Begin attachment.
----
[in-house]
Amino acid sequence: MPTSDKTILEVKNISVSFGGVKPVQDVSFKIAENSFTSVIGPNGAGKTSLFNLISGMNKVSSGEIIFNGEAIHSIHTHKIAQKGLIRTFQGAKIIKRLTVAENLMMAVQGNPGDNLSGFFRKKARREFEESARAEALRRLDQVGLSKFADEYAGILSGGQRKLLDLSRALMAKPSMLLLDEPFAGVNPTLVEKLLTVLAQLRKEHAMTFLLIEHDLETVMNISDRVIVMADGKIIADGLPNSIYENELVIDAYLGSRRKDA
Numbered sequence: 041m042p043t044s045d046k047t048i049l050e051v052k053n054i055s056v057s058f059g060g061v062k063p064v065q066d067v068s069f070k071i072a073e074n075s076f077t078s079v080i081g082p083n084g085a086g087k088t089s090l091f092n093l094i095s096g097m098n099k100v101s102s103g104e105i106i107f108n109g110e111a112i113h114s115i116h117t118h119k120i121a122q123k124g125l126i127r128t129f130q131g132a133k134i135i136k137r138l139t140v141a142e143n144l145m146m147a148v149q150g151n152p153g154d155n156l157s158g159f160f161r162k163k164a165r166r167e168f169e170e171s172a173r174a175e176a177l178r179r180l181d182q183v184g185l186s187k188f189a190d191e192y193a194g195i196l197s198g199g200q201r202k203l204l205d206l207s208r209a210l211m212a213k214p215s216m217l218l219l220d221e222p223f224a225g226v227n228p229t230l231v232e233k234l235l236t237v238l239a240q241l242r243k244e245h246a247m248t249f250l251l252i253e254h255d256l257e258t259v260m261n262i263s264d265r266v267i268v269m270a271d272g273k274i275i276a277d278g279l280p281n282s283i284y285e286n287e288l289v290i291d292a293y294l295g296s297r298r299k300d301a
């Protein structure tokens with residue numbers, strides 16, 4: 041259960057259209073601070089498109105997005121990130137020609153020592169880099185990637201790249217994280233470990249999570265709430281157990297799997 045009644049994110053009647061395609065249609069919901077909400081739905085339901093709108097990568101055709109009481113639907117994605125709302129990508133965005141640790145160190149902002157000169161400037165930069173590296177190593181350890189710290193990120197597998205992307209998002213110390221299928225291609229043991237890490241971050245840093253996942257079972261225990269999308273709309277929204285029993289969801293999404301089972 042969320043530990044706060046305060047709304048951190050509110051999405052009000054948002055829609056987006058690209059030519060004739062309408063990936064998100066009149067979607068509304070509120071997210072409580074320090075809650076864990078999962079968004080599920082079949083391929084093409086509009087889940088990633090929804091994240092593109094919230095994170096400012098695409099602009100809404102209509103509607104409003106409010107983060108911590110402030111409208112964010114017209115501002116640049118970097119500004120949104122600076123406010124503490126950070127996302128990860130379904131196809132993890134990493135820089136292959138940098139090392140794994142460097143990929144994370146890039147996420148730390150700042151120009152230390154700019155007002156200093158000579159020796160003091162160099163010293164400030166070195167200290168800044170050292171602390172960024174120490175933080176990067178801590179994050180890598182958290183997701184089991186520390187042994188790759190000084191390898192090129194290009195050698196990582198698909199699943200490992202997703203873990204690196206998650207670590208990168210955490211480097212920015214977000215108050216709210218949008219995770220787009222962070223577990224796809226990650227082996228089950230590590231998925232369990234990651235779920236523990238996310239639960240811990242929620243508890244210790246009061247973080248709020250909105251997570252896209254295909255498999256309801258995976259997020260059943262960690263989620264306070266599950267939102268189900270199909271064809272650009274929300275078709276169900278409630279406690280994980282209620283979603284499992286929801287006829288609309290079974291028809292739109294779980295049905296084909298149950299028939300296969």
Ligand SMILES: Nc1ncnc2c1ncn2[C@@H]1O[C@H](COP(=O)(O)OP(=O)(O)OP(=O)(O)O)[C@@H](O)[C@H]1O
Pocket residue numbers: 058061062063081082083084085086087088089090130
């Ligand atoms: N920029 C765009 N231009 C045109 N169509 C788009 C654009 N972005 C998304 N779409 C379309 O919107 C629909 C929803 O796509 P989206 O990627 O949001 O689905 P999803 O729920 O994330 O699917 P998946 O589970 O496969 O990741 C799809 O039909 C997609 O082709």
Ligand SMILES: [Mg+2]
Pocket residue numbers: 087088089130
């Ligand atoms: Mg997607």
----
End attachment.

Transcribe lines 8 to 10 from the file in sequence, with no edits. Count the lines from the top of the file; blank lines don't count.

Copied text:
Ligand SMILES: [Mg+2]
Pocket residue numbers: 087088089130
């Ligand atoms: Mg997607």